With so many events to choose from, it’s inevitable that festivalgoers won’t be able to attend them all. Are there any that, in your opinion, are not to be missed?

Well obviously I would say the Makaton performance! It’s going to be something pretty special I think, and not something that you will see anywhere else. Other than that, Lady Maisery are fantastic and I can’t wait to see them, and Boldwood always put on a stunning performance. Of the lesser-known acts, Steve Turner is absolutely fantastic; when I first saw a YouTube video of his it left me spellbound. On the other end of the size scale, there’s Threepenny Bit, who are an eight-piece instrumental band, and are playing for a dance party on Friday night and a ceilidh on Saturday. They are fantastic musicians with really clever arrangements, and I defy anyone to listen to them and not want to dance!

This site’s preview of Folk Weekend Oxford gives an overview of the festival’s concerts, its family activities, and its central fete. Are there any other forms of events taking place?

Well, for starters, there will be around 500 morris dancers descending on Oxford during the weekend! We also have a number of dance events during the festival, including two main evening ceilidhs at St Barnabas Church, and a European-style dance at the Old Fire Station on Sunday afternoon. There will be plenty of informal sessions during the weekend; some are programmed and hosted by festival artists, and some will be impromptu and will spring up all over Oxford. We’ve listed some pubs in the programme that we know are music-friendly, so if you’re looking for a session those would be the places to start. We’ve also got workshops, both in the main festival and family festival. You can come and learn some Scottish fiddle tunes with Patsy Reid, concertina accompaniment with Steve Turner, or discover interesting chords to play with folk tunes with the accompaniment section of Threepenny Bit. In the family festival you can try out some craft, singing, and even Morris dancing!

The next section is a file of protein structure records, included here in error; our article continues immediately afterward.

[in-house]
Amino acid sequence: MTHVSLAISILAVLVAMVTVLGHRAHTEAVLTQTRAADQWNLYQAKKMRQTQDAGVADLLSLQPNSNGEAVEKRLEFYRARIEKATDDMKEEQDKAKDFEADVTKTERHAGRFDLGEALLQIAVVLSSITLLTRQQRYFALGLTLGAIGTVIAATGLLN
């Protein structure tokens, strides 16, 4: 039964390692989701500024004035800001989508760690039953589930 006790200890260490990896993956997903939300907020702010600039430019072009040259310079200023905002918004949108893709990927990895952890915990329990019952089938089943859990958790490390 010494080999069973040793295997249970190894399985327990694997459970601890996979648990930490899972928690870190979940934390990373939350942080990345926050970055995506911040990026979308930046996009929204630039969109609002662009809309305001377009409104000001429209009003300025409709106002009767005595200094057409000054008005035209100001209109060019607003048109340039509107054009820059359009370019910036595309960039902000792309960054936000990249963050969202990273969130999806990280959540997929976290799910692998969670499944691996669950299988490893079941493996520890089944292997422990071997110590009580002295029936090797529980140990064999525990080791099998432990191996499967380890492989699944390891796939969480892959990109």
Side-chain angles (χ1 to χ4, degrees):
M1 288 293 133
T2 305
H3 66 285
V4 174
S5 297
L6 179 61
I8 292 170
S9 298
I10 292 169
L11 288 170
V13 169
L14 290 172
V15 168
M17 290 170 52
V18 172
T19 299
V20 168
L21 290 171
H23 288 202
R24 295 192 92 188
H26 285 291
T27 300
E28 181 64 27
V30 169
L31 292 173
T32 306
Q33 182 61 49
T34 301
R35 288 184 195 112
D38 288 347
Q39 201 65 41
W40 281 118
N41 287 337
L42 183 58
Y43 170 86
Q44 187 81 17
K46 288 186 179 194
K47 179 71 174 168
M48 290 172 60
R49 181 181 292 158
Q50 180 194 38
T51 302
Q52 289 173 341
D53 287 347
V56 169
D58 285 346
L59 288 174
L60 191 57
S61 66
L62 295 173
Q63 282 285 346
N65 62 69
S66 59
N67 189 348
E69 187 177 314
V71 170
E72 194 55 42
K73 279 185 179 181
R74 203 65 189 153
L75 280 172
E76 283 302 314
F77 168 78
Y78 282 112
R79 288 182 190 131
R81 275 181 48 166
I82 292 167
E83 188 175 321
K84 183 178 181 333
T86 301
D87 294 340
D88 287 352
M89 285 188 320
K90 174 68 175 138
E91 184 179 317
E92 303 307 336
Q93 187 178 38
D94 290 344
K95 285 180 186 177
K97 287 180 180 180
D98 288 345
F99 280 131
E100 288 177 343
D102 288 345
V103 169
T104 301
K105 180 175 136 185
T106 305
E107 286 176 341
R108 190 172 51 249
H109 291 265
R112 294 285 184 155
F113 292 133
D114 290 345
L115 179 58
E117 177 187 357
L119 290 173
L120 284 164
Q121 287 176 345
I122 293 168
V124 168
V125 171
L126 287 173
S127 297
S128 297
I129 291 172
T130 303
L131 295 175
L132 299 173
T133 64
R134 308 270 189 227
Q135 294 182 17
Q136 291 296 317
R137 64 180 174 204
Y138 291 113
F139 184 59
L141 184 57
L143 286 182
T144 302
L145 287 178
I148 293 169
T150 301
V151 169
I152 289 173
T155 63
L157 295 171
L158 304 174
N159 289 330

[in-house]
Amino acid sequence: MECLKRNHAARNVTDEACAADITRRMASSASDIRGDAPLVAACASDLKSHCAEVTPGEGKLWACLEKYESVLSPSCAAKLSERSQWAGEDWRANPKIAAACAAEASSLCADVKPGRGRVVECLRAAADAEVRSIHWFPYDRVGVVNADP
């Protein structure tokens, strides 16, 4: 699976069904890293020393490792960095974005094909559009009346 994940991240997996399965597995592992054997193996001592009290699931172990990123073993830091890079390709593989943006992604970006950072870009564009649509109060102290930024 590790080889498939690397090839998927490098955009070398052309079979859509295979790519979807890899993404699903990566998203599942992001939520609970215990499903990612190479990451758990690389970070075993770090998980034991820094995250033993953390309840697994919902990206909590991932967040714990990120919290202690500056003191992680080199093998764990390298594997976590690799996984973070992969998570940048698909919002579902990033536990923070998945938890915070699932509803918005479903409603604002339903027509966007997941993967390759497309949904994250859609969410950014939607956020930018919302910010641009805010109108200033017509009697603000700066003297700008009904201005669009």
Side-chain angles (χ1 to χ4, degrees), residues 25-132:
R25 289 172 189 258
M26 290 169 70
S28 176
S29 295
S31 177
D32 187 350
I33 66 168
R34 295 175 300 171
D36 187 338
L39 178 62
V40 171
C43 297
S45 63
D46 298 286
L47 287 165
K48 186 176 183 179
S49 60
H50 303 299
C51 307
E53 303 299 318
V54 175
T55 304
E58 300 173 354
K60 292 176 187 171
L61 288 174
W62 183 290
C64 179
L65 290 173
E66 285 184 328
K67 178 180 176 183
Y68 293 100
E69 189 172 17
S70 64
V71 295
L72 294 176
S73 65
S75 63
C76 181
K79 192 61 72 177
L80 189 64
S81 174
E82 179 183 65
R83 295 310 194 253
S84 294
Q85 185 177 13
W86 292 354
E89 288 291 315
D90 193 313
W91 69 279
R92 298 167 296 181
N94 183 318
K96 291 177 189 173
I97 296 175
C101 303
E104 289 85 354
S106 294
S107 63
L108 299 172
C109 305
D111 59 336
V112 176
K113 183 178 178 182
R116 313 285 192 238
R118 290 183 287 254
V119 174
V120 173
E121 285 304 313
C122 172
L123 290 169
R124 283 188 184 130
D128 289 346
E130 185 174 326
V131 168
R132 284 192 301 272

Are there any regular sessions or events held in Oxford that you would recommend to local folk enthusiasts?

Yes, dozens! Oxford is absolutely heaving with folk – sessions, ceilidhs, dances, concerts and clubs, the list is endless. We have created a folk listings website, so we’d recommend browsing around that to get a flavour for everything that goes on in the local folk scene.

Folk is dismissed by many as archaic and outdated. Have you found it difficult to appeal to a young audience with Folk Weekend Oxford, or has this been far from the case?

To be honest, that view itself is becoming somewhat archaic and outdated. Bellowhead, fronted by our patron John Spiers, released a folk album last year which went to number twelve in the mainstream album charts, so saying that folk doesn’t appeal to young people or to the masses just seems a bit silly off the back of that.